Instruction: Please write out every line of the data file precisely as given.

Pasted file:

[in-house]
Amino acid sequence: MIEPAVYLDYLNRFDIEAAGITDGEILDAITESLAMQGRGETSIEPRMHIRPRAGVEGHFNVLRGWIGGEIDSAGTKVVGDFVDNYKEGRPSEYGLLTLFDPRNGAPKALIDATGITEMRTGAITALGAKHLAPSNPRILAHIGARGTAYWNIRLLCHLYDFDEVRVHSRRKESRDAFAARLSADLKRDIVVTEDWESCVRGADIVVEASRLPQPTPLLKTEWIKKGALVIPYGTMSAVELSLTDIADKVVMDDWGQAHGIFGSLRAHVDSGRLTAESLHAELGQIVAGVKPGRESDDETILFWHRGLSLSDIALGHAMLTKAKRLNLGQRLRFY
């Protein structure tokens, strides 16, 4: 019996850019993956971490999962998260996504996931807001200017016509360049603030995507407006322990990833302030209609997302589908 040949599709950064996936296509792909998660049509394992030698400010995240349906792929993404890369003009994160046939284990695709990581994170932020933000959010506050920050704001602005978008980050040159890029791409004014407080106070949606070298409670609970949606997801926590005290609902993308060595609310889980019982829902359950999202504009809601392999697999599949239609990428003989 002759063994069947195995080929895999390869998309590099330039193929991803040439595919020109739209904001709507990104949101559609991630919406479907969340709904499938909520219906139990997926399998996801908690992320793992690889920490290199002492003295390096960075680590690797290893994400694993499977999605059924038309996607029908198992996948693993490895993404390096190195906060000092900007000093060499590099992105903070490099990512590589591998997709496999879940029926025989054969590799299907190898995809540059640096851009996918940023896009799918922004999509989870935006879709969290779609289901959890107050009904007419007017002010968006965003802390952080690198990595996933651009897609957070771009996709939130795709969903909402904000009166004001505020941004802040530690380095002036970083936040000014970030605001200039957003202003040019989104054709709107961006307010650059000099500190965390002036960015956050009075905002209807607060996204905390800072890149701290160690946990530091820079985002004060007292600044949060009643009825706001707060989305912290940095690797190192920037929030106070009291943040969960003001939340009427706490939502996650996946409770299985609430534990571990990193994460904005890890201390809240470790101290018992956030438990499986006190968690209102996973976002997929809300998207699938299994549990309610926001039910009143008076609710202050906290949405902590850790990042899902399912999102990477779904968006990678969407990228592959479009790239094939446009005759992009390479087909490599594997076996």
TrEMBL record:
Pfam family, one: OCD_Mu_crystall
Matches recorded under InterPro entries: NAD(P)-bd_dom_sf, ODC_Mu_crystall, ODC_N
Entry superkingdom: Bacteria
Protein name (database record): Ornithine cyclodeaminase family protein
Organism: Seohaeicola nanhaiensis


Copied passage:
[in-house]
Amino acid sequence: MIEPAVYLDYLNRFDIEAAGITDGEILDAITESLAMQGRGETSIEPRMHIRPRAGVEGHFNVLRGWIGGEIDSAGTKVVGDFVDNYKEGRPSEYGLLTLFDPRNGAPKALIDATGITEMRTGAITALGAKHLAPSNPRILAHIGARGTAYWNIRLLCHLYDFDEVRVHSRRKESRDAFAARLSADLKRDIVVTEDWESCVRGADIVVEASRLPQPTPLLKTEWIKKGALVIPYGTMSAVELSLTDIADKVVMDDWGQAHGIFGSLRAHVDSGRLTAESLHAELGQIVAGVKPGRESDDETILFWHRGLSLSDIALGHAMLTKAKRLNLGQRLRFY
């Protein structure tokens, strides 16, 4: 019996850019993956971490999962998260996504996931807001200017016509360049603030995507407006322990990833302030209609997302589908 040949599709950064996936296509792909998660049509394992030698400010995240349906792929993404890369003009994160046939284990695709990581994170932020933000959010506050920050704001602005978008980050040159890029791409004014407080106070949606070298409670609970949606997801926590005290609902993308060595609310889980019982829902359950999202504009809601392999697999599949239609990428003989 002759063994069947195995080929895999390869998309590099330039193929991803040439595919020109739209904001709507990104949101559609991630919406479907969340709904499938909520219906139990997926399998996801908690992320793992690889920490290199002492003295390096960075680590690797290893994400694993499977999605059924038309996607029908198992996948693993490895993404390096190195906060000092900007000093060499590099992105903070490099990512590589591998997709496999879940029926025989054969590799299907190898995809540059640096851009996918940023896009799918922004999509989870935006879709969290779609289901959890107050009904007419007017002010968006965003802390952080690198990595996933651009897609957070771009996709939130795709969903909402904000009166004001505020941004802040530690380095002036970083936040000014970030605001200039957003202003040019989104054709709107961006307010650059000099500190965390002036960015956050009075905002209807607060996204905390800072890149701290160690946990530091820079985002004060007292600044949060009643009825706001707060989305912290940095690797190192920037929030106070009291943040969960003001939340009427706490939502996650996946409770299985609430534990571990990193994460904005890890201390809240470790101290018992956030438990499986006190968690209102996973976002997929809300998207699938299994549990309610926001039910009143008076609710202050906290949405902590850790990042899902399912999102990477779904968006990678969407990228592959479009790239094939446009005759992009390479087909490599594997076996």
TrEMBL record:
Pfam family, one: OCD_Mu_crystall
Matches recorded under InterPro entries: NAD(P)-bd_dom_sf, ODC_Mu_crystall, ODC_N
Entry superkingdom: Bacteria
Protein name (database record): Ornithine cyclodeaminase family protein
Organism: Seohaeicola nanhaiensis